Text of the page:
Preface: I'm not in favor of book ratings.
Tony Buchsbaum at January Magazine has this post called "Are Your Kids' Books Rated R?" In reading this article (and others like it), I'm surprised that no one ever seems to mention that manga has ratings ("all ages," "teen," "older teen," and "adult"). How does this play into arguments about marketing, sales, censorship, artistic expression, selection, etc.? I have to say that I personally really like the ratings because I don't read manga myself and there aren't a lot of reviews for manga in the major library and book review publications. I rely on these ratings to give me a sense of what age group the book is for. I have all but "adult" series in my library. I could be wrong, but I think it might actually help in a book challenge because I could say that students chose a book that was clearly intended for above their age, or we do have books for older students who go to my school. I don't know---maybe that wouldn't help.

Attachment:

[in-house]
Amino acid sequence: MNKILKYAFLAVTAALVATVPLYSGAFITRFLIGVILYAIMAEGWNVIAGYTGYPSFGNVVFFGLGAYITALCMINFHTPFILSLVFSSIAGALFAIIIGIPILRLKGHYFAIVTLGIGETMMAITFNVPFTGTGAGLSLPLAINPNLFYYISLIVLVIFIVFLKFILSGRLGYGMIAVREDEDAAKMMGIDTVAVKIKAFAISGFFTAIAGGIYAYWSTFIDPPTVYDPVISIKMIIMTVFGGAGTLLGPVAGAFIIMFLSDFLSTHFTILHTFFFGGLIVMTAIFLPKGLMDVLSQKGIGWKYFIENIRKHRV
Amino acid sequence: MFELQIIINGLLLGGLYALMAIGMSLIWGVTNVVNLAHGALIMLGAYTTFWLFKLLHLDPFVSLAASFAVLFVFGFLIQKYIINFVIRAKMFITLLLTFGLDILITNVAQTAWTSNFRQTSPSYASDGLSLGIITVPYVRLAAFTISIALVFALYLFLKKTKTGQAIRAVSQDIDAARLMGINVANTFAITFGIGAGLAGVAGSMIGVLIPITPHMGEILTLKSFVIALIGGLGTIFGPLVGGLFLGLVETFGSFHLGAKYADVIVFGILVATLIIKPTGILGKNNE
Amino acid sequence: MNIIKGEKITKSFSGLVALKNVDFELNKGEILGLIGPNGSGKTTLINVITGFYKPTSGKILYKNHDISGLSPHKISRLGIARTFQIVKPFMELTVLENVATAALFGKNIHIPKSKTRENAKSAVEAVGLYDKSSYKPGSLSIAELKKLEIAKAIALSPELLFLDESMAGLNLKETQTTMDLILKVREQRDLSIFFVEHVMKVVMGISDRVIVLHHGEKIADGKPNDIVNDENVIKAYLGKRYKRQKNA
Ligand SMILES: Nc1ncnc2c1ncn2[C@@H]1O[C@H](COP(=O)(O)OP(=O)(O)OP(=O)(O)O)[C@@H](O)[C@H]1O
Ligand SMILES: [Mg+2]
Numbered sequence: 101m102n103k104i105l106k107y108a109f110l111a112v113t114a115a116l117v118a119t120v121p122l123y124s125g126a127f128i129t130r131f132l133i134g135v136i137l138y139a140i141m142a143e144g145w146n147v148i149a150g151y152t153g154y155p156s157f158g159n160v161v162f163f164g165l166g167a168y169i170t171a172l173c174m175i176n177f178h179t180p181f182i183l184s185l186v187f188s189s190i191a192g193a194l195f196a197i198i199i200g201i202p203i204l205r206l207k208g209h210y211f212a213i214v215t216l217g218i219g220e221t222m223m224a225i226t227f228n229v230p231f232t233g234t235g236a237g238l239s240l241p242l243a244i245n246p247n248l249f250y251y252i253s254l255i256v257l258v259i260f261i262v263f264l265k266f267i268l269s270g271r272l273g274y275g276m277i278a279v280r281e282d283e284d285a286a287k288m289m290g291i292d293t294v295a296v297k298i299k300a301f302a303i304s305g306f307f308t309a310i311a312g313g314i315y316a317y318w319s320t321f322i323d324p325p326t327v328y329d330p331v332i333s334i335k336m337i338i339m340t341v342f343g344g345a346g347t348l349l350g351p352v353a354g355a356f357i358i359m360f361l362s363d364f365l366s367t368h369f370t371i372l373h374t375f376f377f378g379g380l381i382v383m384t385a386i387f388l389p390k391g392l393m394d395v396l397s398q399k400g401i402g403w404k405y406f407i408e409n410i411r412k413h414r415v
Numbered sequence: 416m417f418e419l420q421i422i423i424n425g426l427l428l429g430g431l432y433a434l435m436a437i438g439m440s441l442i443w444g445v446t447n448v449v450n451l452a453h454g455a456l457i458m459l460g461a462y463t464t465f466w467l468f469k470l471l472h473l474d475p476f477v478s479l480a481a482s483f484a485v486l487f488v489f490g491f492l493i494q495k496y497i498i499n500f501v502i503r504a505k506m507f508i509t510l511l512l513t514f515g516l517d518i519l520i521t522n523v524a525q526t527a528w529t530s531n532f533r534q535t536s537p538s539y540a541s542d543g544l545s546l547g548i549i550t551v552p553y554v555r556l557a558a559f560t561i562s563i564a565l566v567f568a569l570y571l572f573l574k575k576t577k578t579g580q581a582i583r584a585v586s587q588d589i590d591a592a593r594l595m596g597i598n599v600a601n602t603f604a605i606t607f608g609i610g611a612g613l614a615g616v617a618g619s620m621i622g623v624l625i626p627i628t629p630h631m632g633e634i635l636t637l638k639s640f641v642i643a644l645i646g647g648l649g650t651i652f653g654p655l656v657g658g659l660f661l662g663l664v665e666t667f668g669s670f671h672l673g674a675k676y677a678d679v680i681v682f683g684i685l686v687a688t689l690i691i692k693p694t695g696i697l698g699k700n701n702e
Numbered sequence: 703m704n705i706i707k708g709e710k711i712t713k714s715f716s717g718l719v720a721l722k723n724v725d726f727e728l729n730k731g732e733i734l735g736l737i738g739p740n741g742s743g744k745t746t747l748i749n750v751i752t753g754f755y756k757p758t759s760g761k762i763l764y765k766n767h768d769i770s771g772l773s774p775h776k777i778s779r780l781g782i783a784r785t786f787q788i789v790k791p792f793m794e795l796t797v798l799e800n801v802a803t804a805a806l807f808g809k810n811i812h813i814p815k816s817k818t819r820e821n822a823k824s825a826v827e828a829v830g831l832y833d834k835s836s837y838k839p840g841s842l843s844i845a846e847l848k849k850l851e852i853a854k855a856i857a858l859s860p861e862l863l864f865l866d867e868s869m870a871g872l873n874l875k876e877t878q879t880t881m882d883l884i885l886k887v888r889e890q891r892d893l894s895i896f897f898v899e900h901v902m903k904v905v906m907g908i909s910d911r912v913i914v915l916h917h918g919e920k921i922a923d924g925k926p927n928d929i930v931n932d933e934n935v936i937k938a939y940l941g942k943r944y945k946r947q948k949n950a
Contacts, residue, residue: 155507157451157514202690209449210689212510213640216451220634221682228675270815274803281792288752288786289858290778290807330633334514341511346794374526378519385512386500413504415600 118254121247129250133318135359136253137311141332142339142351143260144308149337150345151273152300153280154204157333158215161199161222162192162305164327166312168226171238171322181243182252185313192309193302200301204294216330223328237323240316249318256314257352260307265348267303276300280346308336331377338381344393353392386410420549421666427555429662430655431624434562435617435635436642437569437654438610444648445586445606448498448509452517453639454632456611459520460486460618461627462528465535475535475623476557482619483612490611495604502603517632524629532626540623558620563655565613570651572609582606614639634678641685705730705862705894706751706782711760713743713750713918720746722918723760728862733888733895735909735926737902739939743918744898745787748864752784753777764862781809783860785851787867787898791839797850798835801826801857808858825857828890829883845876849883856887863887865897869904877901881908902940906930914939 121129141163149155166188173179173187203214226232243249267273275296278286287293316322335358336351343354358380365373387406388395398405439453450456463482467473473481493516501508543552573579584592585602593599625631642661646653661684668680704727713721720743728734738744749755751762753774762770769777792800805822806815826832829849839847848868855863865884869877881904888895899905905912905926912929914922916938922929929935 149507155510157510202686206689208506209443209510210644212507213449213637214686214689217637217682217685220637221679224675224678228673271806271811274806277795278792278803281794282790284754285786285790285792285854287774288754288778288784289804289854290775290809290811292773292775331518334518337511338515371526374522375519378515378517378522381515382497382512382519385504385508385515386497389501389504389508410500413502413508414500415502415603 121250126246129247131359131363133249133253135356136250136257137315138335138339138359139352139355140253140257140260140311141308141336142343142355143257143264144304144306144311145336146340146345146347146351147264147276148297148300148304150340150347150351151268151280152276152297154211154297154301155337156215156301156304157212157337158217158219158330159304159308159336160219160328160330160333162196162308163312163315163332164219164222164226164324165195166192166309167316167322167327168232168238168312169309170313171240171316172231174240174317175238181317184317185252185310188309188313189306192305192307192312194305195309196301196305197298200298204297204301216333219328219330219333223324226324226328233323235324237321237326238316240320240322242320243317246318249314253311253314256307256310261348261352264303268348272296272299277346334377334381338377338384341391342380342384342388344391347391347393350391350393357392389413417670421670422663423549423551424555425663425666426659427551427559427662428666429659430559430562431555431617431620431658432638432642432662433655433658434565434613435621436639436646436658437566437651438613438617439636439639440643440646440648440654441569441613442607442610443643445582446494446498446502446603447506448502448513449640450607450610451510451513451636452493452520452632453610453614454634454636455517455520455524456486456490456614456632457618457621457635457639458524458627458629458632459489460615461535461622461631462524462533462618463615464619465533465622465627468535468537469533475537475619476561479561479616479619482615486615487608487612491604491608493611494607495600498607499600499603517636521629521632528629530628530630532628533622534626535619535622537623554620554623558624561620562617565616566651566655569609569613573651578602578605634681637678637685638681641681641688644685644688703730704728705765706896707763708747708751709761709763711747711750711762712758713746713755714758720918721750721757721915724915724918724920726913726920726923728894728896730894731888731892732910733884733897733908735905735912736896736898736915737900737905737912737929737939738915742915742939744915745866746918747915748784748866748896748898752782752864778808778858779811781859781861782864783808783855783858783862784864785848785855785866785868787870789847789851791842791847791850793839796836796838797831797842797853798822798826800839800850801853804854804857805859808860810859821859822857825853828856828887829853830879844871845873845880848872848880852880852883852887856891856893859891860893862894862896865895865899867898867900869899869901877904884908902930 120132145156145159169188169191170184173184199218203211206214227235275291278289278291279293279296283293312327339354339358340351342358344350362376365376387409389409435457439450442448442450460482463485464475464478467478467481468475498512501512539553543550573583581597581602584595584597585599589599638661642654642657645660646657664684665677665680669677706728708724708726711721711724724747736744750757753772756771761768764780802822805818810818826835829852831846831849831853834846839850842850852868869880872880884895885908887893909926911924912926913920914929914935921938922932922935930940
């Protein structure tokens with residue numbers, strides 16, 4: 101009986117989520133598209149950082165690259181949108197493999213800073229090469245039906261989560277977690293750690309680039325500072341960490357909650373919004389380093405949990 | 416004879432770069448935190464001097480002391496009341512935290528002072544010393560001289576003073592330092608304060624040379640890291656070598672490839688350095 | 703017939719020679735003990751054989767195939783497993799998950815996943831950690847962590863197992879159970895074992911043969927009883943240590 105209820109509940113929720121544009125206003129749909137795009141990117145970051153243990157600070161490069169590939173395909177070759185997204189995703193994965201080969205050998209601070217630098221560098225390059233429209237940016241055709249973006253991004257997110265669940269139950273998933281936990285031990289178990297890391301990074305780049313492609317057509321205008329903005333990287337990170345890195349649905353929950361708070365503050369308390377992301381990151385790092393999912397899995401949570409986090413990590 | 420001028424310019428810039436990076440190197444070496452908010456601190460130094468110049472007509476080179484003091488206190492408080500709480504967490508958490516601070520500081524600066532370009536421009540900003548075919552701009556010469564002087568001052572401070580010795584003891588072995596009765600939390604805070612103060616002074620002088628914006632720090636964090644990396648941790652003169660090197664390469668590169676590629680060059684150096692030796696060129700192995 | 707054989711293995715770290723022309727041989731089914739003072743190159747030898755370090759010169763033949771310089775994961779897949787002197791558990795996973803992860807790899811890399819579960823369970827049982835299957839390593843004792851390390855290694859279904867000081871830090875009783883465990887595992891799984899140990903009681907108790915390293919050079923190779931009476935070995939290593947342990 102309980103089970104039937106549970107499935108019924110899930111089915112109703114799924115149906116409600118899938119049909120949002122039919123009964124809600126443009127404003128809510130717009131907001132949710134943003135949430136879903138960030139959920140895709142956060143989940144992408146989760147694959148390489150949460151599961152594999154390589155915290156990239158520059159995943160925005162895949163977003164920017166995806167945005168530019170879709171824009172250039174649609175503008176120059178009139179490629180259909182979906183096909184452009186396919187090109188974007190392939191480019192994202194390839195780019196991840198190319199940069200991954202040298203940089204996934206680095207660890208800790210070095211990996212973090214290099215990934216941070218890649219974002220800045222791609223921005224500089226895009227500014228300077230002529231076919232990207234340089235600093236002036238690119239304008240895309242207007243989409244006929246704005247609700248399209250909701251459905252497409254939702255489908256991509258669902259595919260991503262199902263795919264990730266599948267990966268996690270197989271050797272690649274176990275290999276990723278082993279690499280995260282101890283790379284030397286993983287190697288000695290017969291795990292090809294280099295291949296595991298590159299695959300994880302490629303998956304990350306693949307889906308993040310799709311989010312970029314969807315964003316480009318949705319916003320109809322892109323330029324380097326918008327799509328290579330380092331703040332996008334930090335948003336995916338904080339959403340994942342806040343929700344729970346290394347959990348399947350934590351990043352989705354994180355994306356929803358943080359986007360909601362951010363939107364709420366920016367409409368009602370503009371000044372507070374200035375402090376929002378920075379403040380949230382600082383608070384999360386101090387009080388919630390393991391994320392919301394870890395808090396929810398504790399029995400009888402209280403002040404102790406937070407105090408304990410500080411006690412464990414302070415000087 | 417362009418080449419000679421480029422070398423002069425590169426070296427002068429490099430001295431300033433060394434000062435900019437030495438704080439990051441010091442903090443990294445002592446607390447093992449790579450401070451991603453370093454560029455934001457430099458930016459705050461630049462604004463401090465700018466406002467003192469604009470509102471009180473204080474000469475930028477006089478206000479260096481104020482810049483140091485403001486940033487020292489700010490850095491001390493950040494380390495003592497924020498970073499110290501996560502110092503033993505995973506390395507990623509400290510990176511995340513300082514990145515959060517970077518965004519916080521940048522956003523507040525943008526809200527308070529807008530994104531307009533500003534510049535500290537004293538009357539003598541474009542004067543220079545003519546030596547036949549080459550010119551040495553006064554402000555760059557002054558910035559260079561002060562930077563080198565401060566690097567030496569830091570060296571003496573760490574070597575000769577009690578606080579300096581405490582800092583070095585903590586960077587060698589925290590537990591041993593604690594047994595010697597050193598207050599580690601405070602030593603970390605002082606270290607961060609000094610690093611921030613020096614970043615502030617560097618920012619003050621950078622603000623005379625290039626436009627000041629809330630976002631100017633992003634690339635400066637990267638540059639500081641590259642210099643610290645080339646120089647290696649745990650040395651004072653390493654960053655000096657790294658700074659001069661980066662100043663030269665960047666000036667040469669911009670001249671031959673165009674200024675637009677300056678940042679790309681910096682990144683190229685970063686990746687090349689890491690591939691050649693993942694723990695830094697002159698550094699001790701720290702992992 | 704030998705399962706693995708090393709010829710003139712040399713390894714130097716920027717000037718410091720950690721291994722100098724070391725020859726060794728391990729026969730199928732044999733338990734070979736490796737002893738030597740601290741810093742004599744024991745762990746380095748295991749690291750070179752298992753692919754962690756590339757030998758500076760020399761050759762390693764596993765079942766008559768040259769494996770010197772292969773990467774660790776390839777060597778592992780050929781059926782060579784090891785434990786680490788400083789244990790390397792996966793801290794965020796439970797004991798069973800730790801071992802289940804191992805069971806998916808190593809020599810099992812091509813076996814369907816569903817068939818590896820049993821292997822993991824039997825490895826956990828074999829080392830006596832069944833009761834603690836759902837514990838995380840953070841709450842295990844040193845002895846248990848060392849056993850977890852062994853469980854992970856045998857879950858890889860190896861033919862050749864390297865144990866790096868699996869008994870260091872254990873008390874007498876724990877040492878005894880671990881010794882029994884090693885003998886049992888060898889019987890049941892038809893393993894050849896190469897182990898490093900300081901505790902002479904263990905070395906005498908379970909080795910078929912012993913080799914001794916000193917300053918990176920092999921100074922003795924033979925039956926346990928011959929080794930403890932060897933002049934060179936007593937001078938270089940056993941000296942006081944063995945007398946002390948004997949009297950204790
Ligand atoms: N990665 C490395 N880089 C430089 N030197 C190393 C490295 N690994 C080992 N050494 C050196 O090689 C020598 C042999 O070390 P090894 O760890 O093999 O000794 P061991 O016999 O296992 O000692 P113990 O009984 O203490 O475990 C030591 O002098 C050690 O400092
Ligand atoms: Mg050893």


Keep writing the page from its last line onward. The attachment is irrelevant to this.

I do agree with him that it is often difficult for students to select books that are of appropriate age, style, interest, etc. to them (many things to consider as far as "appropriate," not just if there is anything naughty in the book). I posted about the research Vivian Howard did for VOYA on how selection is the single biggest impediment teens face in reading books. I remember seeing a 9-10 year-old boy reading Frank Portman's King Dork. I can totally see why he'd select that book, but it's totally not right for someone of that age for many reasons. Then, of course, we have the perennial issue of parents who purposefully choose books intended for older individuals because their child has a high reading level, even though the "intended audience" isn't merely about vocabulary and sentence structure. Don't really know where I'm going with all of this except to bring it back to my original question/observation of the fact that manga has ratings and is that bad?